Edible Mushrooms in my Worm Bin
Every single time Bagasse Mushrooms appear in my compost I am amazed. Mainly because these mushrooms are considered to be gourmet edible mushrooms, fetching high prices at markets worldwide, yet they have decided to volunteer in no less than 3 of my compost systems! Before these mushrooms, aka Paddy Straw Mushrooms (Volvariella volvacea), began appearing in my compost, I had never intentionally cultivated them; I have never introduced their spawn nor their spores to the land that I am stewarding. I have never even bought this species of mushroom from the market; so no parts of this species – neither tissue nor spores – have ever intentionally ended up in my compost after having been on my kitchen’s cutting board! And yet they have found their way to my compost systems. I suspect the wind has brought in their spores.
Bagasse Mushroom growing in a raised bed keyhole composting chute under fruiting tomato plants by Chase | Tropical Fungi Academy
Different mushroom species frequently pop up in my compost, most commonly different varieties of Inky Caps. Yet this mushroom species, no doubt due to its size, always elicits the “WOW factor” from myself & my roommates. Speaking of roommates, I can’t help but wonder if they are slicing-&-dicing Bagasse Mushrooms in the kitchen behind my back & surreptitiously sneaking pieces into our compost pails (they insist they are not though).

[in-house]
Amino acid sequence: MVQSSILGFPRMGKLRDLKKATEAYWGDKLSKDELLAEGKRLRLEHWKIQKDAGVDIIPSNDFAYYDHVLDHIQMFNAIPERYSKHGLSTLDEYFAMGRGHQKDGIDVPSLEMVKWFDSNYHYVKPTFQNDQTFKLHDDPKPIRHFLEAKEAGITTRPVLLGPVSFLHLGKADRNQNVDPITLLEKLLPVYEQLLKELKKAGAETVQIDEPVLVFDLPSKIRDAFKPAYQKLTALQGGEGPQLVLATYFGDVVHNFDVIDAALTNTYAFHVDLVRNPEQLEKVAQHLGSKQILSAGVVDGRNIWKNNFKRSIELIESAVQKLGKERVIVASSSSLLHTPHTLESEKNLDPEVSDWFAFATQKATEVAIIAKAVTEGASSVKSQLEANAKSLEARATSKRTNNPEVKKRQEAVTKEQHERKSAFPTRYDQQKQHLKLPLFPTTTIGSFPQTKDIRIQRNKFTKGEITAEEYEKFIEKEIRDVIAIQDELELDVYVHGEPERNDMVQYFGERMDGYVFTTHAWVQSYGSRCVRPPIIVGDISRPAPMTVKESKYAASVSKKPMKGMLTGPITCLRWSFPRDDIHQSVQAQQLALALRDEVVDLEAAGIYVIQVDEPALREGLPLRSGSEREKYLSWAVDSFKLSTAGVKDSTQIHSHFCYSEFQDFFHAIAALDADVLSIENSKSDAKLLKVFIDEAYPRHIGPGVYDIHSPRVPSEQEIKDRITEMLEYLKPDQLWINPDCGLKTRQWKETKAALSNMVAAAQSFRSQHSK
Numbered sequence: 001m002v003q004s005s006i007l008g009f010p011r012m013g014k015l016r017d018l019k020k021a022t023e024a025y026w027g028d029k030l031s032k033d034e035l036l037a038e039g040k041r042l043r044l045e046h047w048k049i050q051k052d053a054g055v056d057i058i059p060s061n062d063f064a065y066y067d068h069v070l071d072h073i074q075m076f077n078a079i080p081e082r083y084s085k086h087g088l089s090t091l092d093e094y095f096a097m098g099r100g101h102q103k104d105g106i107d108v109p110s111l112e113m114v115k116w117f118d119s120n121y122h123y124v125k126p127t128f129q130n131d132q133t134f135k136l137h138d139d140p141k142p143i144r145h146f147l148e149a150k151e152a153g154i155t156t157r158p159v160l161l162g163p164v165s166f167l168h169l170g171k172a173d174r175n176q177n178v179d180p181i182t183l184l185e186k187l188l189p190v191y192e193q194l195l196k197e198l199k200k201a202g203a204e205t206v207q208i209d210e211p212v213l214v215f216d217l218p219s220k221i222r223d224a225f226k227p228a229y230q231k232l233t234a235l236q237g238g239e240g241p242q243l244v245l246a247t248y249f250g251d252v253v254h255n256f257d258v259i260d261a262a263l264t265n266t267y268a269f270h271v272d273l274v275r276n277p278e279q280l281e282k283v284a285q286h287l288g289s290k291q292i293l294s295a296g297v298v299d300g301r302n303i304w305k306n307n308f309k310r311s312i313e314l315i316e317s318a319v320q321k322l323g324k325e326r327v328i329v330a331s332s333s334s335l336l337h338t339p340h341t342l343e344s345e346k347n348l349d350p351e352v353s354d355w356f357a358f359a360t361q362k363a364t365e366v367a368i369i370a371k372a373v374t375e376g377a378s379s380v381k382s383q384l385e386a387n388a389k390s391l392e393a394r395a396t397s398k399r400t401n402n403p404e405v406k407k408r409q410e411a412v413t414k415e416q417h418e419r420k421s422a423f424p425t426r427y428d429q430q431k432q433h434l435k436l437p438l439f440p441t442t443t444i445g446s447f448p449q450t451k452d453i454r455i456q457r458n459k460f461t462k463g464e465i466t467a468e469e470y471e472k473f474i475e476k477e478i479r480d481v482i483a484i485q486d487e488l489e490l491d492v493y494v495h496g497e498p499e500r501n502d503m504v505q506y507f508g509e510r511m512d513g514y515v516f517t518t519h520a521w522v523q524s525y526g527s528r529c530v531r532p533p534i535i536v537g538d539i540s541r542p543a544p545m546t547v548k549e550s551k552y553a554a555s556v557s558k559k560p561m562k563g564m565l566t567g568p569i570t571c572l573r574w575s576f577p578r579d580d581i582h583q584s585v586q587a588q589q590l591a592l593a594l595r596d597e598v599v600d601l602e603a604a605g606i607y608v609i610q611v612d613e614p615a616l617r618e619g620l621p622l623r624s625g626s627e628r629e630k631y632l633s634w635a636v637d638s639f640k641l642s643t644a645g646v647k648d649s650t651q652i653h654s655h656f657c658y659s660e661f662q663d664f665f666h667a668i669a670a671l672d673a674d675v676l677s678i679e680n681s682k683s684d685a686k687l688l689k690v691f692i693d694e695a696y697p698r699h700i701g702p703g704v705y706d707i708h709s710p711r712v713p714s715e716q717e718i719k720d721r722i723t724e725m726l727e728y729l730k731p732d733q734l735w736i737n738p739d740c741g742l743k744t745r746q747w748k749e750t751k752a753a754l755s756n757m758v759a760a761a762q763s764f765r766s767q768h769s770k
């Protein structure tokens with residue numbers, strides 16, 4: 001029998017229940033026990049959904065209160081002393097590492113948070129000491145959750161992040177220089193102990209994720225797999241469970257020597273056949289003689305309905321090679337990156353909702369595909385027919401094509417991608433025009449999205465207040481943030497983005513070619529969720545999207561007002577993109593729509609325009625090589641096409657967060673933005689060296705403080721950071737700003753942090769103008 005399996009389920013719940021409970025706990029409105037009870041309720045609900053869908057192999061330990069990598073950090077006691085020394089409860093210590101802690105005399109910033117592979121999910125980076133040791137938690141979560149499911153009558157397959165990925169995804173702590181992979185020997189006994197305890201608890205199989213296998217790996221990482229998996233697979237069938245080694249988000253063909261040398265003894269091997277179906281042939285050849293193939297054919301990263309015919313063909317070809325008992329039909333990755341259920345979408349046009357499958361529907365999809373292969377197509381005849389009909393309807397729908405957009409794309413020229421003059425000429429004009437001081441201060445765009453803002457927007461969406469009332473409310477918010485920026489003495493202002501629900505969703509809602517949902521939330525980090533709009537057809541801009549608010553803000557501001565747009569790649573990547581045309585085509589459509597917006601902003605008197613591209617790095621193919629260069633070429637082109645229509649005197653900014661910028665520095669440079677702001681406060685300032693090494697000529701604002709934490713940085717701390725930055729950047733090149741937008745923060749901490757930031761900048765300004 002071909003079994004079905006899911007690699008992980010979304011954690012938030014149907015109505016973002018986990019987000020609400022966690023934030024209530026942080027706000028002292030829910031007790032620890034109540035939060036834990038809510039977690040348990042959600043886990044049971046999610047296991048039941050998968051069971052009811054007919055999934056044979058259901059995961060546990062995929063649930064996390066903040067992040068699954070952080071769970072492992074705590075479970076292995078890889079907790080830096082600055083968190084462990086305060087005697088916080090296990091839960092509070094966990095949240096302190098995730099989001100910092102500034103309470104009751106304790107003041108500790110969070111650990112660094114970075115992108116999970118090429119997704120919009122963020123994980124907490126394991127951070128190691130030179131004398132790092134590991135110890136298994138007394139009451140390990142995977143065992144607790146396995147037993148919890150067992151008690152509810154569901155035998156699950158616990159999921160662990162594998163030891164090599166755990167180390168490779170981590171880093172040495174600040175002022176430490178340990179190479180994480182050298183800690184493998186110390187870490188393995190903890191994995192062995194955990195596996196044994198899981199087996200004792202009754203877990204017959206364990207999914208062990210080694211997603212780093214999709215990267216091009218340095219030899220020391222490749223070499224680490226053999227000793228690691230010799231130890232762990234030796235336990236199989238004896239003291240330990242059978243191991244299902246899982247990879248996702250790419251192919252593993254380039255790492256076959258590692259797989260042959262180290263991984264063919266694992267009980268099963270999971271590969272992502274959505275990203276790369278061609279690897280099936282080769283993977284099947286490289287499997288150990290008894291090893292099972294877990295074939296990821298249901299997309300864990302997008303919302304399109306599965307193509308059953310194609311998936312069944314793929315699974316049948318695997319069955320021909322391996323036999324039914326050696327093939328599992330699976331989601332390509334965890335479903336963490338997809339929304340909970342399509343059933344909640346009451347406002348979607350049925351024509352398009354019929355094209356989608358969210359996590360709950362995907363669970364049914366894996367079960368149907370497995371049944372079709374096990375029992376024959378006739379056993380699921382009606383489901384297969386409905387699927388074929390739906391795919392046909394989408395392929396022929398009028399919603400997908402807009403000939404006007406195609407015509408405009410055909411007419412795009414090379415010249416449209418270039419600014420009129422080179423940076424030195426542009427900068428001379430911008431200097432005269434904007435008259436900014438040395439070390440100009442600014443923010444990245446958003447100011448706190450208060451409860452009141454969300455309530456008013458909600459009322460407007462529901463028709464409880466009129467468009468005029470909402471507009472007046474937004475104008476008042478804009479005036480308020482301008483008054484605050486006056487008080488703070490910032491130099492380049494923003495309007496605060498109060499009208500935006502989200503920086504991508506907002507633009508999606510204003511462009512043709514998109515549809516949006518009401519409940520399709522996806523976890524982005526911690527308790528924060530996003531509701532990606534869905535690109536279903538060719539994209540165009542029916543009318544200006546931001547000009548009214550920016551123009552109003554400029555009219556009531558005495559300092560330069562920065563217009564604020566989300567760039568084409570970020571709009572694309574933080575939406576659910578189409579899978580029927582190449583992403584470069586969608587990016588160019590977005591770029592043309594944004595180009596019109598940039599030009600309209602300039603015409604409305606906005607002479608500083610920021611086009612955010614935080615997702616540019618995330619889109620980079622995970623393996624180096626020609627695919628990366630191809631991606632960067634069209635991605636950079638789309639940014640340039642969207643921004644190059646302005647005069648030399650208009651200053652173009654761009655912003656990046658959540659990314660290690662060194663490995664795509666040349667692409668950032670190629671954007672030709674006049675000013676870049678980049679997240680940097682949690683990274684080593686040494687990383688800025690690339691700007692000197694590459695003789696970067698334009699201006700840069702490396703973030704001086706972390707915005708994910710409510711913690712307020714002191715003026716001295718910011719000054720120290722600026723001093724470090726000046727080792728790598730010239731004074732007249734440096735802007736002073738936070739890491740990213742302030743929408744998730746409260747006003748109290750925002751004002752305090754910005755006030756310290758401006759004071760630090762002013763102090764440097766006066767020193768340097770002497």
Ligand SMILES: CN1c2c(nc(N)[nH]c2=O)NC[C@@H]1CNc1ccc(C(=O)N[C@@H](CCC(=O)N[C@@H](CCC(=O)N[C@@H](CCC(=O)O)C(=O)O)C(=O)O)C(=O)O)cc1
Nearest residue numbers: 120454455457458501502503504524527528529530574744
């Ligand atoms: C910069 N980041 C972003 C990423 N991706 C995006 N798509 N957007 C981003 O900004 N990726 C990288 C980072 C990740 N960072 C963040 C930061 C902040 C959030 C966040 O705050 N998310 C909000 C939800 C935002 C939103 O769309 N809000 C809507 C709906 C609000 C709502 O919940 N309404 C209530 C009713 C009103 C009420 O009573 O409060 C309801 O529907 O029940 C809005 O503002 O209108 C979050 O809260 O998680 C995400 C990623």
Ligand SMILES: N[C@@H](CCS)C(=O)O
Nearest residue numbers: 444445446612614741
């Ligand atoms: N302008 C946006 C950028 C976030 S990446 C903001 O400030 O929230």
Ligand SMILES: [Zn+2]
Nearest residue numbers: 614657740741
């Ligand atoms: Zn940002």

Bagasse Mushroom growing in compost tumbler by Chase | Tropical Fungi Academy
The Bagasse Mushroom is a hot weather loving mushroom that is widely cultivated in the tropics. Due to its extremely short shelf life, fresh specimens can only be purchased in locations very close to where they are grown. Most people around the world who eat these mushrooms get them preserved in tin cans labeled “Straw Mushrooms” from grocery stores. They are most typically eaten in soups & stir fries & are prized for their delightful aroma & umami flavor.
Bagasse Mushrooms growing in worm compost bin. Note the compost worm crawling in between them! By Chase | Tropical Fungi Academy
Distinguishing features of Bagasse Mushrooms are their compost habitat, a prominent & thick, sack-like egg at the base of the stipe, lack of a ring or skirt on the stipe, & pinkish brown to salmon-colored spores (as seen on the spore-dusted on the caps in the photo above).